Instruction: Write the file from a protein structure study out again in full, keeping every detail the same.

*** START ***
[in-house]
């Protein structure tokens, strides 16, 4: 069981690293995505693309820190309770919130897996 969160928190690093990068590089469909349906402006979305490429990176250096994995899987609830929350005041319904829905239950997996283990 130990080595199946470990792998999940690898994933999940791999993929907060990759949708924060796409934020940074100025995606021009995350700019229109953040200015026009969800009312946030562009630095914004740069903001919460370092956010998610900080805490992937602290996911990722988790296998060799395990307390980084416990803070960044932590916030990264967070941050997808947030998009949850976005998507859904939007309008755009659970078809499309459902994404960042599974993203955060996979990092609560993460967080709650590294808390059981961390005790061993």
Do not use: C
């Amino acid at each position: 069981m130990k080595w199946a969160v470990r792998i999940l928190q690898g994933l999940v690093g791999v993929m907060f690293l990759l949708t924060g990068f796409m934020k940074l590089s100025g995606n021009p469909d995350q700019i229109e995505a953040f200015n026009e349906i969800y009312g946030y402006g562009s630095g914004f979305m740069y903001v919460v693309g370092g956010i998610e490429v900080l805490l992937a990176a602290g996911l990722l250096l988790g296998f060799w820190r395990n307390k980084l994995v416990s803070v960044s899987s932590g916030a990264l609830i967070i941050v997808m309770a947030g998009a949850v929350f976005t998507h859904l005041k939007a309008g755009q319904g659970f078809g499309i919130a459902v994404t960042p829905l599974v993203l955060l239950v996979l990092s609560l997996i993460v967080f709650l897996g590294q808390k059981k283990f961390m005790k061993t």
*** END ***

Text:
[in-house]
């Protein structure tokens, strides 16, 4: 069981690293995505693309820190309770919130897996 969160928190690093990068590089469909349906402006979305490429990176250096994995899987609830929350005041319904829905239950997996283990 130990080595199946470990792998999940690898994933999940791999993929907060990759949708924060796409934020940074100025995606021009995350700019229109953040200015026009969800009312946030562009630095914004740069903001919460370092956010998610900080805490992937602290996911990722988790296998060799395990307390980084416990803070960044932590916030990264967070941050997808947030998009949850976005998507859904939007309008755009659970078809499309459902994404960042599974993203955060996979990092609560993460967080709650590294808390059981961390005790061993």
Do not use: C
């Amino acid at each position: 069981m130990k080595w199946a969160v470990r792998i999940l928190q690898g994933l999940v690093g791999v993929m907060f690293l990759l949708t924060g990068f796409m934020k940074l590089s100025g995606n021009p469909d995350q700019i229109e995505a953040f200015n026009e349906i969800y009312g946030y402006g562009s630095g914004f979305m740069y903001v919460v693309g370092g956010i998610e490429v900080l805490l992937a990176a602290g996911l990722l250096l988790g296998f060799w820190r395990n307390k980084l994995v416990s803070v960044s899987s932590g916030a990264l609830i967070i941050v997808m309770a947030g998009a949850v929350f976005t998507h859904l005041k939007a309008g755009q319904g659970f078809g499309i919130a459902v994404t960042p829905l599974v993203l955060l239950v996979l990092s609560l997996i993460v967080f709650l897996g590294q808390k059981k283990f961390m005790k061993t």